Brooklyn Nets Roster Almost Set After Busy Summer
Nets extended Durant, added depth in free agency, and brought in youth through draft
Next stop, training camp.
The NBA Draft is in the books, Summer League is a wrap, and most of the league’s free agent business has been signed off on. A week ago, Brooklyn Nets general manager Sean Marks said the work on his own roster was “90 percent complete, 99 percent complete.”
At the time, Marks still had two two-way spots open, but he filled one of those on Monday with the signing of second-round draft pick Kessler Edwards. So with one two-way spot left and some flexibility available with the 15th and final full roster spot, let’s sum up Brooklyn’s offseason moves with the caveat that Marks is leaving the door “cracked” for further transactions.
“We’ve got to continue to tinker with the roster, and just see what happens; see what happens with the remaining free agents that are out there and also what happens even into training camp,” said Marks. “I think we've seen in the past where other teams make cuts, and so forth, and we're able to adjust because of that.”
Kessler is part of a six-player rookie class that includes first-round picks Cam Thomas and Day’Ron Sharpe, second-rounders Marcus Zegarowski and RaiQuon Gray, and undrafted David Duke Jr.
The biggest move of the summer came with long-term ramifications. Kevin Durant signed a multi-year contract extension that will keep the NBA’s leading active player in career scoring average with the Nets for years to come.
The Nets also reached agreements with two of their own free agents to return to Brooklyn after making their debuts with the team last season. Blake Griffin joined Brooklyn in midseason and brought a new profile to the frontcourt, with traditional physicality in a 6-10, 250-pound frame paired with shooting range and playmaking skills. Guard Bruce Brown, acquired during draft week last November, was tenacious on defense and opportunistic on the offensive end.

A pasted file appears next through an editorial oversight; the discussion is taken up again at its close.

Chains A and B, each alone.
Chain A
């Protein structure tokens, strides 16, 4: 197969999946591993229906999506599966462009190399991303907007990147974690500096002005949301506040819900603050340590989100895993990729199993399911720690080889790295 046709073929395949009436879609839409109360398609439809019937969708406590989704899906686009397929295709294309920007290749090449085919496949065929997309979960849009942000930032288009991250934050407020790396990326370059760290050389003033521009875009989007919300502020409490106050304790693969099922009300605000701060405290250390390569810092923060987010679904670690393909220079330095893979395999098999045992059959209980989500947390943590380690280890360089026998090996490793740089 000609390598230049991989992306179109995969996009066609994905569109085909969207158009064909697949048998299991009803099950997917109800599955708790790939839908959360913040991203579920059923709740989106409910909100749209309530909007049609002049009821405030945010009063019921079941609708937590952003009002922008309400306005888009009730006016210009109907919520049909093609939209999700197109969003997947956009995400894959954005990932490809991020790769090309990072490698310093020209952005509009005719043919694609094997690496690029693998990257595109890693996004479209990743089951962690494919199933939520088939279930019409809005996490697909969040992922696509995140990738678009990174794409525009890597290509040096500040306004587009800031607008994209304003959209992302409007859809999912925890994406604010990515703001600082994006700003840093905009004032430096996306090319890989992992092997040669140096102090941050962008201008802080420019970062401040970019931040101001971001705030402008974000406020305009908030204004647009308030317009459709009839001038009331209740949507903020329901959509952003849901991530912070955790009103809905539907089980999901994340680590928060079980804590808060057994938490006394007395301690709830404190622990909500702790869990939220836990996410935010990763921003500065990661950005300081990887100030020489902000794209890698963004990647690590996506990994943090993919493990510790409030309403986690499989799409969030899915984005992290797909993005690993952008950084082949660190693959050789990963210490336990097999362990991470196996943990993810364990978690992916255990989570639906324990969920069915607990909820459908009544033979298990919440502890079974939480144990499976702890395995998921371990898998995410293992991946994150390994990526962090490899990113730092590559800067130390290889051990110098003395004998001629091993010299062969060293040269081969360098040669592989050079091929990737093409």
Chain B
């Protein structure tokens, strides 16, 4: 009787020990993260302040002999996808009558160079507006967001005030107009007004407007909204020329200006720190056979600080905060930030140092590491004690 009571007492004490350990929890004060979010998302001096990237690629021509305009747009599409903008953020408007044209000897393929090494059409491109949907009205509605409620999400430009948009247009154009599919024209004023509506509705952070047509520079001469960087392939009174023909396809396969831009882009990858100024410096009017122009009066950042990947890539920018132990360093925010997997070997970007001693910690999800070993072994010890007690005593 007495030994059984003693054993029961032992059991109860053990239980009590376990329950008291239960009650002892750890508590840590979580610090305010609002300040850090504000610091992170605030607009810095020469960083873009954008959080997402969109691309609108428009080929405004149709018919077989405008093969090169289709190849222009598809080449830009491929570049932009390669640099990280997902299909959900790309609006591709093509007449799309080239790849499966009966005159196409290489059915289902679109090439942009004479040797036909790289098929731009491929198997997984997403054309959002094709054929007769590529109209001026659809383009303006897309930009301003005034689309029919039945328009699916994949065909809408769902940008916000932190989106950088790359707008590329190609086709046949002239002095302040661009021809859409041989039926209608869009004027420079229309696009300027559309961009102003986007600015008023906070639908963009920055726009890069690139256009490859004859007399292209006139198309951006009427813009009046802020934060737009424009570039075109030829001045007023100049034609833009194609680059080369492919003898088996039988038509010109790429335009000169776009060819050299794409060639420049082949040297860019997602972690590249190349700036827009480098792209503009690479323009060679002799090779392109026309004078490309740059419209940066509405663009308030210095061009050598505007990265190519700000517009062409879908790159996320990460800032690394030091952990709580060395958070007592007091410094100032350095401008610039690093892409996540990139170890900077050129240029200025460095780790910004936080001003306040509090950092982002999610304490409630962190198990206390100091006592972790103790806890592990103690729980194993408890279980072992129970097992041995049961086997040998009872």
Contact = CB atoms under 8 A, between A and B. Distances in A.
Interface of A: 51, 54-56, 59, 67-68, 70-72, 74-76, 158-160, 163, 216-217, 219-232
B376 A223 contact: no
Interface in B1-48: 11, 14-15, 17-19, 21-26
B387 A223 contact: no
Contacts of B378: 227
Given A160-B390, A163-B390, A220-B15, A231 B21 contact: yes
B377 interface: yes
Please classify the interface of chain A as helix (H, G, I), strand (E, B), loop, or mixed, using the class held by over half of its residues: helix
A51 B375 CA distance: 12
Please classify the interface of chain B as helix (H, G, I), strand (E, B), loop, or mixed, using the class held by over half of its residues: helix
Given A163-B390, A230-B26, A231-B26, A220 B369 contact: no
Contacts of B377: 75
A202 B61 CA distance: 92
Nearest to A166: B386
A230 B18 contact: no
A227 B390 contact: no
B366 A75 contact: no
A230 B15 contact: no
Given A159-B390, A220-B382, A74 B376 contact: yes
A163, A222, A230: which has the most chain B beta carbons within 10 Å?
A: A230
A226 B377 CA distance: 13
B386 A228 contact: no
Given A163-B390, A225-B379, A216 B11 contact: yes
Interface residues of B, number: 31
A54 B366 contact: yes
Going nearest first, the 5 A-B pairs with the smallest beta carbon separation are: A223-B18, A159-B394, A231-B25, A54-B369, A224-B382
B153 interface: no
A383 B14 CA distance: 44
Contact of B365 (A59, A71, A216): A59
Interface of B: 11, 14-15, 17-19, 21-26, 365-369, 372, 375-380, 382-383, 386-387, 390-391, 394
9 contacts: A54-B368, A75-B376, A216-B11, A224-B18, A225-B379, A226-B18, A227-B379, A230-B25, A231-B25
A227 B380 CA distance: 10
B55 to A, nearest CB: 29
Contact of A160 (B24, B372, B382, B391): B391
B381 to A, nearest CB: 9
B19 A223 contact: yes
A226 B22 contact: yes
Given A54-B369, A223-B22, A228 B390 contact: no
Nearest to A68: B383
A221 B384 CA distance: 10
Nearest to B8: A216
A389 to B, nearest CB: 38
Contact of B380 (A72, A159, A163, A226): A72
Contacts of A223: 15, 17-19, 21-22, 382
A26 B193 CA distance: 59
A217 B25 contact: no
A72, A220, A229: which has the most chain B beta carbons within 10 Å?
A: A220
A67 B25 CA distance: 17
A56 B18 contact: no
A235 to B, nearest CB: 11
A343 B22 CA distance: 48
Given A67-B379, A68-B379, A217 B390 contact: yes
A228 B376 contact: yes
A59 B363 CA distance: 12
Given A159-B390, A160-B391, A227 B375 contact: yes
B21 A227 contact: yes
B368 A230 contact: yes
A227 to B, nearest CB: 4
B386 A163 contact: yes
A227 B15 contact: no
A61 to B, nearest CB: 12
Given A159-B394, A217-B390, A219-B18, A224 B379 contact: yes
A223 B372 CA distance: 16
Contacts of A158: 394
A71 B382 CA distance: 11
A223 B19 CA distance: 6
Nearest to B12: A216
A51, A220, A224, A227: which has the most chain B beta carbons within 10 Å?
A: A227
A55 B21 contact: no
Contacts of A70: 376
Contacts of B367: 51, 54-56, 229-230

“Give him a ton of credit because he found a niche for himself within this group and we all know how James and Kevin and Ky have made players better around them and it's just a matter of fact when you play with likes of that talent they make everyone better,” said Marks of Brown. “Bruce made it very clear that the job wasn't done here and I respect the heck out of him for wanting to come back wanting to be part of this and acknowledging the fact that there's unfinished business in Brooklyn so wanting to be part of that for us. We need him without a doubt. We're very excited to continue the next year with him.”
The Nets acquired four NBA veterans — DeAndre’ Bembry, James Johnson, and Patty Mills via free agency, and Jevon Carter in a trade with the Phoenix Suns.
Mills is entering his 13th NBA season after playing the last 10 with the San Antonio Spurs, for whom he played in two NBA Finals and won a title in 2014. The versatile guard is a career 38.8 percent 3-point shooter. Forwards Bembry and Johnson bring rugged defensive profiles to the wing while Carter does the same in the backcourt.
“I’m very excited about the additions that we made to this roster,” said Marks. “I think we can all look at it and say they were certainly focused in one area, and that was on a defensive-minded standpoint. So by adding Jevon through a trade, by adding James, those guys will plug in some holes without a doubt, and at the same time, we’ll certainly miss the guys that are no longer here and wish those guys extremely well as they move onto their other teams, but I think we addressed a lot of the needs. We won’t have addressed all the needs until probably post-trade deadline, and that’s when we’ll really know what we’ve got. But we wanted to make sure we were deep, we wanted to make sure we were healthy, and certainly address some of those needs from a defensive standpoint.”
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